I'm going to leave the question of low-quality questions aside for a moment, and address the answering part (I suspect that the core visitors of this site spend more time answering than questioning).

I have on multiple occasions written detailed, technical answers to technical questions. I'm not sure how well I'm translating the science language to non-expert, but that is part of my actual, paid job, and I've been told I'm pretty good at it for engineer (for whatever that's worth). Some examples:

You'll note in the comments of these answers no one is chiding me to write for a less technical audience, even though I do discuss some technical stuff (the Whiskas question in particular has some interesting modeling). The key in my writing is that I make sure to explain terms that may be unfamiliar to the lay audience while still using the more technical terms for the majority of my explanation. I think that's the balance that we should strive for.

To address your points in particular:

1. Vague, Unresearched questions.

Yes, we tolerate unresearched questions. We are a beta site and still figuring out what works well in this format. We're establishing the lines for when to close vague medical questions for not enough information, and that is really the low hanging fruit in the "this is really vague" category. We'll get there, but I'm not particularly worried about it because some vague questions don't benefit from extra effort/research.

Also, your linked question is literally from the first days of the site, when folks were just throwing darts at the wall to see what stuck. I wouldn't consider anything from 2013 to be a particularly good example of the culture of this site.

2. No canonical answer possible

While there are not canonical examples for how to train a specific behavior, it does meet the criteria for good subjective.

Let me talk about a situation I'm more familiar with, my answer for "How do I stop my cat from peeing on rugs and linens?" I've had 3 cats not use the litter box. It doesn't matter how much detail someone gives, there is no way to recite the cat's situation and then definitively say "if you change X, she will use the litter box again".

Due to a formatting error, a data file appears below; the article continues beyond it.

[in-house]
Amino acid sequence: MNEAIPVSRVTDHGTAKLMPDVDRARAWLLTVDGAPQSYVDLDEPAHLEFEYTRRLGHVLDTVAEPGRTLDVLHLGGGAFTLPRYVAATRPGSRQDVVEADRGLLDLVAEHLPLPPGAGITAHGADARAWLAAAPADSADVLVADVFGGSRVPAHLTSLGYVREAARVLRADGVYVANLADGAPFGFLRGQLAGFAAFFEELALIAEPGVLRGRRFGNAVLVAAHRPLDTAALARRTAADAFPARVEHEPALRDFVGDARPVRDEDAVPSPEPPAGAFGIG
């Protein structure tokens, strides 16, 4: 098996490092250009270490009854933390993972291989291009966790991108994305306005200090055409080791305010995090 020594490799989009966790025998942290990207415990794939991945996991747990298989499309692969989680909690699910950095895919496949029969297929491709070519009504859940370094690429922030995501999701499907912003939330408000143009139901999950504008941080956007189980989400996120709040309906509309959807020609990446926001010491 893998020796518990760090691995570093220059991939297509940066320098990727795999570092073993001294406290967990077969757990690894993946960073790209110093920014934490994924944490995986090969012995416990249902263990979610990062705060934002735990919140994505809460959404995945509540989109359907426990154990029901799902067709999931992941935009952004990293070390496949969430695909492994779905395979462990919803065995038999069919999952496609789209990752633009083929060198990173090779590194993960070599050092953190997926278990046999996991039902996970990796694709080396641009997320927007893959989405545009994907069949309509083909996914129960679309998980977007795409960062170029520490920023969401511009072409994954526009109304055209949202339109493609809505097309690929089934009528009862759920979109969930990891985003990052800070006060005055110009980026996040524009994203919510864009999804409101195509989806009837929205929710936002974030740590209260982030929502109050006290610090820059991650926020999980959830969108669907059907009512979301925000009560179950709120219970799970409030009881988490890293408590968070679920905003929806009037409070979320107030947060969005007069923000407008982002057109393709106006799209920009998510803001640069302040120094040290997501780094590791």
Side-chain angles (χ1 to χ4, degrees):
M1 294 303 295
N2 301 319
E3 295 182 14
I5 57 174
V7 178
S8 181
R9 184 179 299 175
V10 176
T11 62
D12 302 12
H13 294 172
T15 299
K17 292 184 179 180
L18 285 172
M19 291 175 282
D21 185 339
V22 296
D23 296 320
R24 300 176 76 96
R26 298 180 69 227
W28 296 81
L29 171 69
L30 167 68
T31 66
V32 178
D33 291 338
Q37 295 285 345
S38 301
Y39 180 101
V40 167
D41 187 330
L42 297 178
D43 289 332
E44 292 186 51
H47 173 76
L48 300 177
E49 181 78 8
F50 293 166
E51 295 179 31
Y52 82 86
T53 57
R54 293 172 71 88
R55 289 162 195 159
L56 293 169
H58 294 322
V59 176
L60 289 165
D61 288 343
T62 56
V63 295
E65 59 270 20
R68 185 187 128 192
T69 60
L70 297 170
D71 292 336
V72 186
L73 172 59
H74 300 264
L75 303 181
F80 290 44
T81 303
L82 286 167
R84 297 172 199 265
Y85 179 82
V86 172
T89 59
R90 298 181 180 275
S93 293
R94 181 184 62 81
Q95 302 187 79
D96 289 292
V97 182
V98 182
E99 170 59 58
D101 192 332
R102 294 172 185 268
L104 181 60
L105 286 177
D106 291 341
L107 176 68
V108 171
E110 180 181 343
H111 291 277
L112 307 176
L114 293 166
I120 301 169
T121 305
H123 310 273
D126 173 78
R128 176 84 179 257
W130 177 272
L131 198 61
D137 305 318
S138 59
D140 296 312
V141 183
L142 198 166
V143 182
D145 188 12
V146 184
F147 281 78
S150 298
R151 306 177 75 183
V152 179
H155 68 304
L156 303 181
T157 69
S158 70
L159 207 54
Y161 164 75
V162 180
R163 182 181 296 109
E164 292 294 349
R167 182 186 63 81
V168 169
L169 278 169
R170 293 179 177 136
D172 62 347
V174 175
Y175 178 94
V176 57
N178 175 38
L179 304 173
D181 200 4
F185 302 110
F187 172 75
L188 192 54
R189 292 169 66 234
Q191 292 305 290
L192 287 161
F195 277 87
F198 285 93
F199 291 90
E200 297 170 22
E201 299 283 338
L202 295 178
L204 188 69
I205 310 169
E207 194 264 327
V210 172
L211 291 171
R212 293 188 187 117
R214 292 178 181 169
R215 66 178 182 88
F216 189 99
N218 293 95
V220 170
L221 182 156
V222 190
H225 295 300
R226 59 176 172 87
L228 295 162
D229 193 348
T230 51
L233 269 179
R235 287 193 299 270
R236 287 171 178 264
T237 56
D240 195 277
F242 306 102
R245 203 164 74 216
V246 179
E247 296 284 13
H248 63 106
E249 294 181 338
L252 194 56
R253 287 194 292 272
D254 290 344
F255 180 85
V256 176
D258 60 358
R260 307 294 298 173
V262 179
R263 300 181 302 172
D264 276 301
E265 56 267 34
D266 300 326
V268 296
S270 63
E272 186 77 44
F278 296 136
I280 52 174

Specifically, it took me 2 years to get Ginger to reliably use the litter box, and that was after the rescue had worked with her original family for months to try to get her to use it again (they eventually decided it must have been the presence of the new baby, but we discovered when she arrived at our house (no kids) that they were wrong).

Ginger's litter box issues illustrates one of the basic principles of working with animals. Unlike computer programs, or cooking recipes, or just about every other subject covered on this site, animals have their own unique personalities and they are not able to verbally communicate their needs to us.

Sometimes we have to lay out 6 trays of different types of litter (did that) to see if the cat has a preference. Sometimes we have to put another dozen boxes in random locations to see if the cat has a preference. Sometimes we have to do literally years of detective work (trying everything you can possibly think of) to figure out what is going on and find the proper setup for the animal.

That work has to be done by the owner, not by someone typing into a text box on the internet. We can give them ideas, but Ginger's particular circumstances stumped a LOT of people (and me for a long time). There's no way people on the internet can think of every possible combination of events to put in their answers, but we try to write as completely as we can, and help each other to add things in when we see places where an answer can be improved.

3. Aiming for Lowest Common Denominator

Unequivocally, I disagree with you here. I spoke above about how I try to balance the technical jargon/language with lay person level explanations of what those ideas mean. I think that's what the moderator comment was aiming for (not write for the lowest common denominator, but provide some context or directions about what/how to train that "bomb proof recall").

It is a balance that we have to be aware of, and it helps for folks to remind each other. When I've been researching an answer for 2 hours I might forget that not everyone knows what strabismus or pica (conditions I've had in my cats), so if I write an answer I might need to be reminded to explain it. We ask for added information in answers to make the answers better and applicable to a wider audience.

4. Expecting answers outside the scope of question

For myself, answering every medical question is an ethical balance. One thing I've learned in the last year of this site is to not underestimate the level of inadequate care that people are willing to subject their pets to. After some of the questions that we've had I feel that I can't assume any level of knowledge on the part of the questioner unless it's someone who has also been around for a while and I have an idea from their questions/answers/chat what their views are.